D.C. Court of Appeals Rules NLRB Recess Appointments Were Unconstitutional; Calls into Question Hundreds of Decisions Issued Last Year
January 25, 2013
By Doug Hass
The U.S. Court of Appeals for the D.C. Circuit ruled this morning that President Barack Obama’s January 2012 recess appointments of Members Richard Griffin, Terrence Flynn (who has since resigned), and Sharon Block to the National Labor Relations Board were unconstitutional because they did not occur during an intersession recess of the Senate. Without those three members, the court held that the Board did not have a quorum and could not act lawfully. If the court’s ruling stands, it would invalidate all the decisions made by the NLRB since Member Becker’s term ended on January 3, 2012. It also would leave the NLRB with just one validly appointed member.
In today’s decision, a three-judge panel of the court overturned the NLRB’s decision finding that Noel Canning, a contract canning and bottling facility based in Yakima, Washington, had violated the National Labor Relations Act. The court’s decision calls into question hundreds of NLRB decisions issued last year after the January 4, 2012, appointments, including some of the high profile decisions we have highlighted including those involving “micro-units,” dues checkoff, and jurisdiction over charter schools.
Noel Canning petitioned the D.C. Circuit to review the NLRB’s decision that the company had refused to execute a collective bargaining agreement reached with the Teamsters union. The NLRB had issued that decision after President Obama made his recess appointments. In addition to challenging the merits of the decision, Noel Canning argued that the NLRB did not have a quorum because Members Griffin, Flynn, and Block were never validly appointed. Joined in support by 41 Republican Senators who had objected to the recess appointments, Noel Canning argued that the three members filled vacancies that did not happen during a “Recess of the Senate,” as Article II, Section 2 of the Constitution requires. Citing the Supreme Court’s decision in New Process Steel invalidating decisions issued by the so-called “two-member” Board, and numerous historical documents, the court agreed that the recess appointments were invalid, leaving the NLRB without a quorum, and vacated the Noel Canning decision.
The D.C. Circuit decided two important issues in today’s order. First, the court ruled that “the Recess of the Senate” mentioned in the Constitution is limited to intersession recesses only. The court rejected the NLRB’s arguments that President Obama acted properly because the Senate was in recess on January 4, 2012. The court ruled that the Senate had technically stayed in session when it conducted pro forma sessions every three days from late December 2011 through early January 2012. As examples of Senate actions during those sessions, the D.C. Circuit cited the Senate’s passage of a temporary payroll tax cut extension in late December, and its Constitutionally-required convening of the second session of the 112th Congress on January 3. Since President Obama made his three appointments to the Board on January 4, 2012, the day after Congress began its new session, the court found that the appointments “were invalid from their inception.” Since the Board lacked a quorum of three members when it issued its Noel Canning decision, the court vacated the decision.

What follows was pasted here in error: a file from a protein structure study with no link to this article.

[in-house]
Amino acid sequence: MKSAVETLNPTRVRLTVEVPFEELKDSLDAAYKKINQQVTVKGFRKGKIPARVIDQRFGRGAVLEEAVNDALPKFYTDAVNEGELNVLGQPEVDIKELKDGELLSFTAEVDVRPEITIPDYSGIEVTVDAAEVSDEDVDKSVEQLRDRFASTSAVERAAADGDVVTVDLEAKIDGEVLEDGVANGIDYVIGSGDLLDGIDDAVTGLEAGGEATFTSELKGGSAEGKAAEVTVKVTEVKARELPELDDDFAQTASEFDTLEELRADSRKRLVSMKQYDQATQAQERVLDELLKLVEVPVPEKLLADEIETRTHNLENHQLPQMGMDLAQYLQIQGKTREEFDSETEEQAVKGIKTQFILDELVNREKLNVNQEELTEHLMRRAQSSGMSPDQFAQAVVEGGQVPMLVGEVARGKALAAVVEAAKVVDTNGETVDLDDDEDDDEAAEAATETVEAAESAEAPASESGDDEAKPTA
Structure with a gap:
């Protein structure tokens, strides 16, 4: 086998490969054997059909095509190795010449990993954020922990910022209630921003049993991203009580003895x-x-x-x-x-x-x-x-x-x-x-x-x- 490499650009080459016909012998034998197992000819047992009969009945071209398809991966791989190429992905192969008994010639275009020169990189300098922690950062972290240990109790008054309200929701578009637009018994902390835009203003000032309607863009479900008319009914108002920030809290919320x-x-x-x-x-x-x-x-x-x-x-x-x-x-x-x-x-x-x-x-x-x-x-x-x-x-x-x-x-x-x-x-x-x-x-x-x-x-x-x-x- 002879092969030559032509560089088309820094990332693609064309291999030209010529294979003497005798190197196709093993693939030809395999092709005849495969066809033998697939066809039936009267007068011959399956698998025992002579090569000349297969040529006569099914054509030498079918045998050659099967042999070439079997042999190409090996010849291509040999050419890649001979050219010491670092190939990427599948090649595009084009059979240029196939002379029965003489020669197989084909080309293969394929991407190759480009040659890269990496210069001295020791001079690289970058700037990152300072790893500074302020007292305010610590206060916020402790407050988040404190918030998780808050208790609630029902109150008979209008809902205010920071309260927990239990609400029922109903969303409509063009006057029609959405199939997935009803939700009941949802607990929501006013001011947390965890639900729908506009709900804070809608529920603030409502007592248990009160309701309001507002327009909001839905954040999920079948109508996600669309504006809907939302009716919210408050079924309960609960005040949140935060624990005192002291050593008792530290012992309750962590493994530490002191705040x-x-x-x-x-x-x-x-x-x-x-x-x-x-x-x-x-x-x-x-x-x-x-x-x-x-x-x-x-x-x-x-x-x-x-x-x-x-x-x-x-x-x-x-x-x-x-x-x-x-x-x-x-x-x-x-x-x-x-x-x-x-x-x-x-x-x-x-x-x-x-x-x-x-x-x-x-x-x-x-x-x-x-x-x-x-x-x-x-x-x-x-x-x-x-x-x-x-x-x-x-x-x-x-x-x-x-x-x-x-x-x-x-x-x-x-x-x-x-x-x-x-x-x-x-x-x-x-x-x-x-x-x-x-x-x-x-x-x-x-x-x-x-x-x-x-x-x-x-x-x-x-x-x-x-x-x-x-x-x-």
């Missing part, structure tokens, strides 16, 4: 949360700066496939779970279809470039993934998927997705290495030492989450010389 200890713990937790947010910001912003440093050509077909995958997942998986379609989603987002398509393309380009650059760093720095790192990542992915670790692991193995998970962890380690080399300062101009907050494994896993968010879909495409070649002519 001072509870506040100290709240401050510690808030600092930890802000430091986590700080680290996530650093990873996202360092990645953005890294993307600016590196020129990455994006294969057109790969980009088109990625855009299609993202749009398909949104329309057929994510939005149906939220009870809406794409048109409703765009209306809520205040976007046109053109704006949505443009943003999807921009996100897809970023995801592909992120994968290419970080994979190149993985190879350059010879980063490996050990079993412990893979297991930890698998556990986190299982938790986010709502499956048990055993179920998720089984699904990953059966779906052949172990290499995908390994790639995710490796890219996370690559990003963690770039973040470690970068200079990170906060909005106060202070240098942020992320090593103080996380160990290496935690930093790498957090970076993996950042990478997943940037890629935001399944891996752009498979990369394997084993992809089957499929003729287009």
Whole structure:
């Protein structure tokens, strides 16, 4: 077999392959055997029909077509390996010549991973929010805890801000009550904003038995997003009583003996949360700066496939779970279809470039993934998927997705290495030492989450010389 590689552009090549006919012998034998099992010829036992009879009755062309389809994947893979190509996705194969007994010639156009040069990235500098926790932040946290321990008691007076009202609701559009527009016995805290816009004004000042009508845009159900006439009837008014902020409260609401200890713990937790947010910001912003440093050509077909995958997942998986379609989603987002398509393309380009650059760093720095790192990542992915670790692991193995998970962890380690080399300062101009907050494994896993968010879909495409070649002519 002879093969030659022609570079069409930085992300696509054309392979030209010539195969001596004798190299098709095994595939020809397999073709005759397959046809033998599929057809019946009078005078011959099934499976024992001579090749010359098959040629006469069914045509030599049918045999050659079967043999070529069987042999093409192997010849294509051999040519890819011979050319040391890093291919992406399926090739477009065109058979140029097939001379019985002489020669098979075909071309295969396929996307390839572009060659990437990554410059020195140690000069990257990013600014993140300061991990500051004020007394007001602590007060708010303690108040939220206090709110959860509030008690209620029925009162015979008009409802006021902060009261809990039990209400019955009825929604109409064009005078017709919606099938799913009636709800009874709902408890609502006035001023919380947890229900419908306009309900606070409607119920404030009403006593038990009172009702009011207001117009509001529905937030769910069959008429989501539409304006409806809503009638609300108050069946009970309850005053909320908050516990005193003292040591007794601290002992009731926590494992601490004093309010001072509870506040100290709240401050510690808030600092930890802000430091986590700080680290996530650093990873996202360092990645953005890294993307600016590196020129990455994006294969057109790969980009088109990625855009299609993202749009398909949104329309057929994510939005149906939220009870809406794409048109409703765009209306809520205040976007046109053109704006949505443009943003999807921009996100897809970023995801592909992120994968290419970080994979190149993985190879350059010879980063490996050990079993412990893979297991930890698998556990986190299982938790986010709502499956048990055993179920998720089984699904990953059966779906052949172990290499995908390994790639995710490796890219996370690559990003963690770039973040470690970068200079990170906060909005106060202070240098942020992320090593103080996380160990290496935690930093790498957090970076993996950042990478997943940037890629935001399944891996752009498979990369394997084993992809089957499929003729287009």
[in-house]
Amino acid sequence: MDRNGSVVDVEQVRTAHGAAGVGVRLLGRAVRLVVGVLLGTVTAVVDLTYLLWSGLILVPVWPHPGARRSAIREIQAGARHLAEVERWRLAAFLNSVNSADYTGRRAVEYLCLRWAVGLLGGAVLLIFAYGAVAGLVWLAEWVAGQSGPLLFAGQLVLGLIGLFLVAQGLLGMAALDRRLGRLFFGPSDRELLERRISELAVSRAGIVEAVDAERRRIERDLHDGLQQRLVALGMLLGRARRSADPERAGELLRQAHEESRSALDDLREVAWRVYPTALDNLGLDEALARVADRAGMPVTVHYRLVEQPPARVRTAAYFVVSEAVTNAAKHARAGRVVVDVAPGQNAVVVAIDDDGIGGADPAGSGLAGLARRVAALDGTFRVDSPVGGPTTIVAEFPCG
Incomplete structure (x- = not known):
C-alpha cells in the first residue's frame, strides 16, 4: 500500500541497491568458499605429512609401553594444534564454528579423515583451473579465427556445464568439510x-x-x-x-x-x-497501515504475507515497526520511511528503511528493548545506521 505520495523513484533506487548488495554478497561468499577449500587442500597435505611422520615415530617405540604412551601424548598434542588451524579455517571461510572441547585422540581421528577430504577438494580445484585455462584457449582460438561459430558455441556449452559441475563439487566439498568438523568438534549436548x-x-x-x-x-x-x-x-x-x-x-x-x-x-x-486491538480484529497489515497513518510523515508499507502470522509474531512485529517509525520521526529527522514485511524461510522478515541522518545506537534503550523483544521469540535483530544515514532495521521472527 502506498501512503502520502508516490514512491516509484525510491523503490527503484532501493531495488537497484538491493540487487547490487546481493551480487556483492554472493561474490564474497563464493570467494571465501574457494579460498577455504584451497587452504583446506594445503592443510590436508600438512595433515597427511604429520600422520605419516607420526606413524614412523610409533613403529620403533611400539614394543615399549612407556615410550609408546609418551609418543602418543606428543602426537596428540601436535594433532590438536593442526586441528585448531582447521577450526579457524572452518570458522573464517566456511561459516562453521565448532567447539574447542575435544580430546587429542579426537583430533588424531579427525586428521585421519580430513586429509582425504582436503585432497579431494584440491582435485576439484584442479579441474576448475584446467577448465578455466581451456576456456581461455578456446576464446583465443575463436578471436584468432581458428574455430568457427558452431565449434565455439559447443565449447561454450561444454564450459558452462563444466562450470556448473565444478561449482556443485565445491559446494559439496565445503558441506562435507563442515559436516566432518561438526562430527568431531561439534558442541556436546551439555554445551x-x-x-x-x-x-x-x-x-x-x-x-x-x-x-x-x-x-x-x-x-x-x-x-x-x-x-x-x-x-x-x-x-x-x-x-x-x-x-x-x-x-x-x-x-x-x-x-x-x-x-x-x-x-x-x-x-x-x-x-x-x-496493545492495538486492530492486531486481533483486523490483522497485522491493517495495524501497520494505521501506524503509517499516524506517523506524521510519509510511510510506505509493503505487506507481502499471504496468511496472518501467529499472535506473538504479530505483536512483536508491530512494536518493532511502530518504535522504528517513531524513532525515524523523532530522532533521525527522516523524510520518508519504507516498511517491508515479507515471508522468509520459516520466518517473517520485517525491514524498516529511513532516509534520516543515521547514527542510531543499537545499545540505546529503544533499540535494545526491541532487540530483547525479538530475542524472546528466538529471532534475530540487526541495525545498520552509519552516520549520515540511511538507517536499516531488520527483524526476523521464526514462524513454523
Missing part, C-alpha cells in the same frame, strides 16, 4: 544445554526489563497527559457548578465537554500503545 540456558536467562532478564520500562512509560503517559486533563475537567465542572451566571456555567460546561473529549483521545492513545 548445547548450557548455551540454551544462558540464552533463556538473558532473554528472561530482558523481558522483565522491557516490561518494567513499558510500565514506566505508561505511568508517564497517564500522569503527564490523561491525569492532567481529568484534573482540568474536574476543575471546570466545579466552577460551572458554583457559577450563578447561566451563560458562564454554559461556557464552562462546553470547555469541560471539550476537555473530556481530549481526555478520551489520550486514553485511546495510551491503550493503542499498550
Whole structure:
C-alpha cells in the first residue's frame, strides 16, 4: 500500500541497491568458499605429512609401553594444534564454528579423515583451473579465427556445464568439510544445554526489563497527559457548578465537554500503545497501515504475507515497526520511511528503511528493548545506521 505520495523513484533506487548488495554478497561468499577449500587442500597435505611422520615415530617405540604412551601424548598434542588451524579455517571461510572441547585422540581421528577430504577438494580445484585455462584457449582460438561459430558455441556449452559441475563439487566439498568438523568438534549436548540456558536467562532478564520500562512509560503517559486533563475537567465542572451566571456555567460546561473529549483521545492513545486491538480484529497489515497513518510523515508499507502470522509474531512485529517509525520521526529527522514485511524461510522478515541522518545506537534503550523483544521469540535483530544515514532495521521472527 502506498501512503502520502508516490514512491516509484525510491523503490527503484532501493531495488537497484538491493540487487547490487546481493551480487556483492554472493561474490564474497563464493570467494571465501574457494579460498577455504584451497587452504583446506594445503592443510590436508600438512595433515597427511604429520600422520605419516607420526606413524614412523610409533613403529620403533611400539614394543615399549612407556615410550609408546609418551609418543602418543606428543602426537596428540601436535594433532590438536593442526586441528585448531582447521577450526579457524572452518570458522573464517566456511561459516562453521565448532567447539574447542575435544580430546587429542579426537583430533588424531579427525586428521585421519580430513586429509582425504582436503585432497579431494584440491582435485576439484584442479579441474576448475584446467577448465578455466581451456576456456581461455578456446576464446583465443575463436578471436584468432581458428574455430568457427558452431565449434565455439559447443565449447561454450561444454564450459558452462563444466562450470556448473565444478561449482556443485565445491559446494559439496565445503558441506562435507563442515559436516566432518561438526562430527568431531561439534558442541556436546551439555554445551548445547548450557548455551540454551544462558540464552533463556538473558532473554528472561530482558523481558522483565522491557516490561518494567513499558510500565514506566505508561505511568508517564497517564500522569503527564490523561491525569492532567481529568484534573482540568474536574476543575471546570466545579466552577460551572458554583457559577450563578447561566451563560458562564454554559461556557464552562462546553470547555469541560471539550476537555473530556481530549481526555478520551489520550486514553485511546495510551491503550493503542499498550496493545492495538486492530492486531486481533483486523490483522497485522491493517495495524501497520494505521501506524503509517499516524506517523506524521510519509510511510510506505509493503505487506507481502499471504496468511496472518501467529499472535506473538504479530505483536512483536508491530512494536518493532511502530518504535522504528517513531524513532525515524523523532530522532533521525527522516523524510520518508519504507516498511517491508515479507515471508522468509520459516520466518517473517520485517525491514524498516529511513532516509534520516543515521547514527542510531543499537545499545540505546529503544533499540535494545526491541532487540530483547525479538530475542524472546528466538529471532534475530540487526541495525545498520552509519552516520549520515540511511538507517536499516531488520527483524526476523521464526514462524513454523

Second, the court explained that the appointments were also invalid because the purported vacancies did not “happen” during a Senate recess. The Constitution’s Recess Appointments Clause only permits Presidents to fill “Vacancies that may happen during the Recess of the Senate.” The court reasoned that this required the vacancies to actually occur during the recess, rebuffing the NLRB’s argument that the Clause would apply to vacancies whenever they happened, provided that they still existed during a recess.
The Obama administration had also pointed to an opinion from the President’s own Office of Legal Counsel, which determined that a President had the power to determine when the Senate was in session. The court strongly rejected that argument, finding that “[a]llowing the President to define the scope of his own appointments power would eviscerate the Constitution’s separation of powers.” The court’s sweeping decision could raise questions about President Obama’s recess appointment of Richard Cordray to lead the Consumer Financial Protection Bureau, which other groups have challenged in a separate case.
The D.C. Circuit devoted several pages of its opinion to disagreements with other appellate courts on both of the important issues it decided. The differences over the meaning of “Recess,” and whether vacancies must actually happen, or can simply exist, during one, could serve as grounds for the Obama administration to seek review by the Supreme Court. The administration is expected to appeal the D.C. Circuit’s decision. We expect further developments in the case, and will monitor the NLRB’s position on this issue and provide further guidance as appropriate.